Gastroesophageal varices are among the most dangerous complications associated with cirrhosis. They are present in 50% to 60% of cirrhotic patients, and about 30% of them will experience an episode of variceal hemorrhage within 2 years of the diagnosis of varices.1 The major factors that determine the risk of bleeding are variceal size and the degree of liver dysfunction.1–3 While variceal bleeding stops spontaneously in 20% to 30% of cases, it recurs in 70% within 1 year of the initial episode.1–4 Mortality is as high as 50% in the first year.5 Variceal bleeding accounts for almost one-third of deaths in cirrhotic patients. Variceal hemorrhage has a poor prognosis if it is associated with coexisting or subsequent complications including rebleeding, infection, hepatic dysfunction, and portal pressure ≥12 mmHg.6,7 Somatostatin and its analogs cause splanchnic vasoconstriction leading to reduced portal pressure and portal blood flow while venodilators reduce portal pressure by reducing resistance to portal flow.7,8
Doctors Sengstaken and Blakemore developed the concept of balloon tamponade to control bleeding esophageal and gastric varices in 1950. They developed a triple-lumen and double-balloon system that bears their names. The Sengstaken–Blakemore (SB) tube is used as a temporizing measure to stop variceal bleeding until more definitive means are available. A variant of the SB tube is the Minnesota tube. It is a quadruple-lumen, double-balloon system. These tubes are rarely used today due to the significant complications and the widespread availability of endoscopy and its therapeutic interventions. Removal of the balloon after its initial control of the bleeding results in a 50% rebleeding rate. It is also associated with serious complications such as esophageal ulceration and perforation.9 Emergency Physicians should become familiar with the SB and Minnesota tubes, as they can be potentially lifesaving in an emergent setting, especially when endoscopy is not available or contraindicated.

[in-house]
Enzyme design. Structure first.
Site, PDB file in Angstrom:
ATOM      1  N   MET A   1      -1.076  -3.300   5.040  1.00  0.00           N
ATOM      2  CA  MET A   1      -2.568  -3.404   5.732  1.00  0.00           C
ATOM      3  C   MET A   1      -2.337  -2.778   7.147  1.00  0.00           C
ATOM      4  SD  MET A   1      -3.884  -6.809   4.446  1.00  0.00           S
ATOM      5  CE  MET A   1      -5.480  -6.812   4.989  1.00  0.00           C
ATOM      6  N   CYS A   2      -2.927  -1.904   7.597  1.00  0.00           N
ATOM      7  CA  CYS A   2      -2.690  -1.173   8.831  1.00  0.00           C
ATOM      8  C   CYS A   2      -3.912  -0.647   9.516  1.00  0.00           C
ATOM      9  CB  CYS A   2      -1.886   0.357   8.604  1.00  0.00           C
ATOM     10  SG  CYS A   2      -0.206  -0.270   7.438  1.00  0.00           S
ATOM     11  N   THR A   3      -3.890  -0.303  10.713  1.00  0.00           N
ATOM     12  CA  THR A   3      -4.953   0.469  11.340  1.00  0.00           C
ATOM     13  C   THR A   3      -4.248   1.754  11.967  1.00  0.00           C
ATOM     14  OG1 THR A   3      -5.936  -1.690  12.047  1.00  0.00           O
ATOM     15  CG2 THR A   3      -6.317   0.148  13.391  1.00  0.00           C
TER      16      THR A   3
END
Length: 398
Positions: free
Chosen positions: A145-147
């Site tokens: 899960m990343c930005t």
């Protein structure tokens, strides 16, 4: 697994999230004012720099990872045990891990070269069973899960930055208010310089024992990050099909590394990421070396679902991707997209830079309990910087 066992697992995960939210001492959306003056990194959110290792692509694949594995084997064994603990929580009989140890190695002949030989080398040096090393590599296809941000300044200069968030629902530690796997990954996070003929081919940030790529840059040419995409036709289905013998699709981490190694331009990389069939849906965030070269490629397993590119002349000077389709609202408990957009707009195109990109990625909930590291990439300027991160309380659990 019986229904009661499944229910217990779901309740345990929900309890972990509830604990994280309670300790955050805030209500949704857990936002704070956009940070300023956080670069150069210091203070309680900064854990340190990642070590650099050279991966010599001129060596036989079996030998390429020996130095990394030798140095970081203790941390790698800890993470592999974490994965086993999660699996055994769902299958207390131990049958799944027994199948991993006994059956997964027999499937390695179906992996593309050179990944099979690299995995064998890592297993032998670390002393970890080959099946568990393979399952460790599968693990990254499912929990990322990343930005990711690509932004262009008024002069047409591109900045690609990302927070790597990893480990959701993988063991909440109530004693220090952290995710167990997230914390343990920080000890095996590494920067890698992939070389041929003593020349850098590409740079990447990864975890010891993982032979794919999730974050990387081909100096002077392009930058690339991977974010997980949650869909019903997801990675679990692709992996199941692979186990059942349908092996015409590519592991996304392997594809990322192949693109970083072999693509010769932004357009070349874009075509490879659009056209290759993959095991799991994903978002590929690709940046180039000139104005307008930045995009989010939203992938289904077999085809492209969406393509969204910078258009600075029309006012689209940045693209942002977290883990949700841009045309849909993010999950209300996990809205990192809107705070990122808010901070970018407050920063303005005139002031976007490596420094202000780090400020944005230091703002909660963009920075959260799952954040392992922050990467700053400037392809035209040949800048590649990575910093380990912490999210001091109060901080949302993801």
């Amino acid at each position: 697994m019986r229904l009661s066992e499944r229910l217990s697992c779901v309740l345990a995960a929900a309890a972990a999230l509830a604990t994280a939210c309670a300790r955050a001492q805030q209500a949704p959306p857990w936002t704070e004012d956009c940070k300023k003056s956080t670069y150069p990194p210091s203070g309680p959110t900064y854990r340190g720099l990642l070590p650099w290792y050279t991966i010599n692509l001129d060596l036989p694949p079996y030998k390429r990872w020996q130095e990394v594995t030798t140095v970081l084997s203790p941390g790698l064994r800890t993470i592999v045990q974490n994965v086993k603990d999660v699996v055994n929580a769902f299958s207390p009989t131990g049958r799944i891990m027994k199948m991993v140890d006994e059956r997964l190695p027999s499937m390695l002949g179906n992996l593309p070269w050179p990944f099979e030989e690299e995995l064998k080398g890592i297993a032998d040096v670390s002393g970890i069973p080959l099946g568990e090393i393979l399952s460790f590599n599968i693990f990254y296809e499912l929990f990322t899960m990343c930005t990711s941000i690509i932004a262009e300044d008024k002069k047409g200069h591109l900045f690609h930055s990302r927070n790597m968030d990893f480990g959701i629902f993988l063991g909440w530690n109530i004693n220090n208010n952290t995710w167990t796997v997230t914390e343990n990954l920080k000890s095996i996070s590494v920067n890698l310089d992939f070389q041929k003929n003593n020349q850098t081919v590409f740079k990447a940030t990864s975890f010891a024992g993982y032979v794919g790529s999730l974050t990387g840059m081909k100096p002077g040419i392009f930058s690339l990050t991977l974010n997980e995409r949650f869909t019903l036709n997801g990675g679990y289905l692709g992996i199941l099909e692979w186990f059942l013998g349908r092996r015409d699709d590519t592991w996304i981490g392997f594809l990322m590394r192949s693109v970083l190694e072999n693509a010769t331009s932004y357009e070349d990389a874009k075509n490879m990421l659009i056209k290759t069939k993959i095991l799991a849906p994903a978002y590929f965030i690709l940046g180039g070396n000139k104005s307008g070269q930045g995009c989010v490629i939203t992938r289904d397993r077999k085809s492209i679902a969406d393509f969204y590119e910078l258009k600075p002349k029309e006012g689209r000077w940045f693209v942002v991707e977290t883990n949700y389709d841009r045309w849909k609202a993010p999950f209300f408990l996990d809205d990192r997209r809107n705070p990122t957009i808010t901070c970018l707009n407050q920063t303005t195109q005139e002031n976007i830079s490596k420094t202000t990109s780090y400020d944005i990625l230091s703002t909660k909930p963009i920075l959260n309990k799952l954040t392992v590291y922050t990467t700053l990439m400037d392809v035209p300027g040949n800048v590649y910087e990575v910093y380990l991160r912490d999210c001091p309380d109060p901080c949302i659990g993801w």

Cirrhosis results in portal venous hypertension and a decrease in blood flow through the portal system. Collateral circulation develops, so that the blood in the portal vein can find an alternative route to the inferior vena cava. Large collateral systems include the esophageal, gastric, paraumbilical, and rectal veins. The left gastric and esophageal veins form one of the larger collateral circulation channels due to the pressure generated from the portal venous system and the large volume of blood flow through them. The collateral veins distend from the pressure and large volume of blood flow, resulting in weakening of the walls of the vein. Ulceration and rupture of these veins can result in large amounts of blood entering the esophagus and stomach. Patients may present with bright red blood per rectum, hematemesis, hemorrhagic shock, hypotension, or complications associated with hypotension and hemorrhage (e.g., cerebrovascular accidents and myocardial infarction).
The inflated balloons will control most bleeding. The esophageal balloon exerts lateral pressure to tamponade esophageal varices. The gastric balloon exerts pressure on the gastric cardia ...